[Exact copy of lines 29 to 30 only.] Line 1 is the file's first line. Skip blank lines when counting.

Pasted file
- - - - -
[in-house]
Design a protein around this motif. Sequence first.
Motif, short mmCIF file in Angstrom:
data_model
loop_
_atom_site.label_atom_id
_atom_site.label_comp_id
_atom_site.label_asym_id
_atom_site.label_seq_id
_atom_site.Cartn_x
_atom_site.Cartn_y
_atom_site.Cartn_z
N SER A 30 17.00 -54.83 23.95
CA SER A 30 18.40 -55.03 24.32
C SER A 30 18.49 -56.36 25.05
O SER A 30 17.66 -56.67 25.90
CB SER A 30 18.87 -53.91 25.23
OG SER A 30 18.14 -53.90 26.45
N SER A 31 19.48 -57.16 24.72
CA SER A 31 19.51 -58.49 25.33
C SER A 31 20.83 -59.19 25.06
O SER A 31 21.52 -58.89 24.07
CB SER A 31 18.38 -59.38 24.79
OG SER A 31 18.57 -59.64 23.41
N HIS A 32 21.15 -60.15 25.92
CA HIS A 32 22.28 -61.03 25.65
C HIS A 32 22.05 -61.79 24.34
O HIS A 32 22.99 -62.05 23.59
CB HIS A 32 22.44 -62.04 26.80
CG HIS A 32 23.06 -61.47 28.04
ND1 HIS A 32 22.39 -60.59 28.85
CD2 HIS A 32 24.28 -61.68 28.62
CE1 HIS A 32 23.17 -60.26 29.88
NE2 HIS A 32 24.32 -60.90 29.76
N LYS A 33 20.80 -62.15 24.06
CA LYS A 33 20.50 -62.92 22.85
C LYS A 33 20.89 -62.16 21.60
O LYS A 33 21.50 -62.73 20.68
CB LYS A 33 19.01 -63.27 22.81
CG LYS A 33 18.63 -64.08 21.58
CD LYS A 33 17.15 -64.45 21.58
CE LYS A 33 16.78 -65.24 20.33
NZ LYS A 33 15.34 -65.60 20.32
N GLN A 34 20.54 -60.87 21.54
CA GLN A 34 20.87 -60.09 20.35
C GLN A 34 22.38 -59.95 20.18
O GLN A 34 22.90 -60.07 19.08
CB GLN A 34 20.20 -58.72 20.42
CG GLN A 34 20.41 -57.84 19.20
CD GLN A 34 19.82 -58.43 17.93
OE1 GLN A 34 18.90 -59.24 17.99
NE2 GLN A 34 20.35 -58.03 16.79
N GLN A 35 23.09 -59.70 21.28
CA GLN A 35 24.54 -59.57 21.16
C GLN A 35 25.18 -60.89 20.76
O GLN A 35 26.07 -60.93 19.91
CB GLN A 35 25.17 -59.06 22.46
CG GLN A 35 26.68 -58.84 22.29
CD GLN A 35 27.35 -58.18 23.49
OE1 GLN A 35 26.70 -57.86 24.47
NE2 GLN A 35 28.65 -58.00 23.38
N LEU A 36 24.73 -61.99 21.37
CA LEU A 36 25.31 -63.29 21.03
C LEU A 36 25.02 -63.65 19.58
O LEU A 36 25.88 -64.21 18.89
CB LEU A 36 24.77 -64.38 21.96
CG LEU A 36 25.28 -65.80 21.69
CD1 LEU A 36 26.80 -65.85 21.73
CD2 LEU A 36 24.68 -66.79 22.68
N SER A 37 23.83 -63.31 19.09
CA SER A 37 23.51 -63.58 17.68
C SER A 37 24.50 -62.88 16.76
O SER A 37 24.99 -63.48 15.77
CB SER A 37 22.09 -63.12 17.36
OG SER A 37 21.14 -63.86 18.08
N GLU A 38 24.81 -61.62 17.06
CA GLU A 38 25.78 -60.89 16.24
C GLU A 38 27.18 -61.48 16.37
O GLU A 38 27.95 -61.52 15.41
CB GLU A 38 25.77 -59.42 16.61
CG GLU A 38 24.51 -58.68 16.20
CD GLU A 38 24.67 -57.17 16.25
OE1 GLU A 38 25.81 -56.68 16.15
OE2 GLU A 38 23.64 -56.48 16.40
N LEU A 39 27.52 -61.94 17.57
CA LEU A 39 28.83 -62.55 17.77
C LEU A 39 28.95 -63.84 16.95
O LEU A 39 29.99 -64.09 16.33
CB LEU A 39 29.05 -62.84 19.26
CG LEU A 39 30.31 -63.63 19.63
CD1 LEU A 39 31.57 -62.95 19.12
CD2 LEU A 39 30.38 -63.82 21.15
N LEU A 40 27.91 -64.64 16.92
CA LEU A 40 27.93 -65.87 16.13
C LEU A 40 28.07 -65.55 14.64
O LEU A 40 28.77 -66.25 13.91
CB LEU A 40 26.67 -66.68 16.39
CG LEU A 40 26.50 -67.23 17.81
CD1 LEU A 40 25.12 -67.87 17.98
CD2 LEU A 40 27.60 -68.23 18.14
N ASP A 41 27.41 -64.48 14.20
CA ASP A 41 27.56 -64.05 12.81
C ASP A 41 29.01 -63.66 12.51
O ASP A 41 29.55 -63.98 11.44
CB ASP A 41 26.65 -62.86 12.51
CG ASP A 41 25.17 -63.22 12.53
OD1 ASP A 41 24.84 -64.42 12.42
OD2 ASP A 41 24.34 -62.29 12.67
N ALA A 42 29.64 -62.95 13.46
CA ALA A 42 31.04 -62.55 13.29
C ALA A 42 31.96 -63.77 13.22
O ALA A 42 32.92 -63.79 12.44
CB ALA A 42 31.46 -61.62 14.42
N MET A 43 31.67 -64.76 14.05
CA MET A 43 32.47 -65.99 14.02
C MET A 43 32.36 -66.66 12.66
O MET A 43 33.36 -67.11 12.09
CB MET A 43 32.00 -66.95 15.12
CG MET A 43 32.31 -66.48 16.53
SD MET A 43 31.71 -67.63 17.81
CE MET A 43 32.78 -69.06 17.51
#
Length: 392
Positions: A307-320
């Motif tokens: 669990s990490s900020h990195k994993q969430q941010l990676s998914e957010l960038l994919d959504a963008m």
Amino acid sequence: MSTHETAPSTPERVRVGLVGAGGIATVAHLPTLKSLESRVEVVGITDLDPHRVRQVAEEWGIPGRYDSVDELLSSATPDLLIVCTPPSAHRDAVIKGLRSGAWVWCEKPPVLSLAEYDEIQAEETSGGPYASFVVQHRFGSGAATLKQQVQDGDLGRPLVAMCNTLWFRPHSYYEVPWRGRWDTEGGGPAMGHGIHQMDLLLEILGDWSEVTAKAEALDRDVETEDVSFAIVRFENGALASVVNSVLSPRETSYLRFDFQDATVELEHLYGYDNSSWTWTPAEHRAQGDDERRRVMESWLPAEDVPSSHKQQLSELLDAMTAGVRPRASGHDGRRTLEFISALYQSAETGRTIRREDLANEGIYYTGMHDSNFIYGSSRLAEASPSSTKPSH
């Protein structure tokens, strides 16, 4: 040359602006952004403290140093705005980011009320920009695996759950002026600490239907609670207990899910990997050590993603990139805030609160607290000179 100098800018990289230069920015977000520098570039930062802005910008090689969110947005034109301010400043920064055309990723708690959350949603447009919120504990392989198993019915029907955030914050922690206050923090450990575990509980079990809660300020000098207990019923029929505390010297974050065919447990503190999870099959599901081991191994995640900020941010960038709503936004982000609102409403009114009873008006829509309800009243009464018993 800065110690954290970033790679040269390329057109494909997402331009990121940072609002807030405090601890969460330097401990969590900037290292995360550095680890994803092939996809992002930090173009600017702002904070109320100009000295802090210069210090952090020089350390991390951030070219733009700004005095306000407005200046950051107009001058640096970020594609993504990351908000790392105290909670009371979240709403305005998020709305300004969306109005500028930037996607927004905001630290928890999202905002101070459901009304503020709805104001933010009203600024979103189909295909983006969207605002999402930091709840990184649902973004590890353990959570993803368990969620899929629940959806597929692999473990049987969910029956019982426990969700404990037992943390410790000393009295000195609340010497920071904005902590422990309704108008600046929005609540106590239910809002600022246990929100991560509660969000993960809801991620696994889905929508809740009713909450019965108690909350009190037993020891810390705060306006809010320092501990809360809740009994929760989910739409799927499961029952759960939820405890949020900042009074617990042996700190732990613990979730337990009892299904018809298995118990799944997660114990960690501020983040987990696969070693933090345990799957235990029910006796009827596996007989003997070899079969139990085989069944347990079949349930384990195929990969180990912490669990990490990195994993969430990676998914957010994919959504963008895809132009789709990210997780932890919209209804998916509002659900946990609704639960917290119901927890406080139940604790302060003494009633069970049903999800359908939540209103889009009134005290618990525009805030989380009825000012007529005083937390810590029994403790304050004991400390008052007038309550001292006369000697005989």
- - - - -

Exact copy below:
CB HIS A 32 22.44 -62.04 26.80
CG HIS A 32 23.06 -61.47 28.04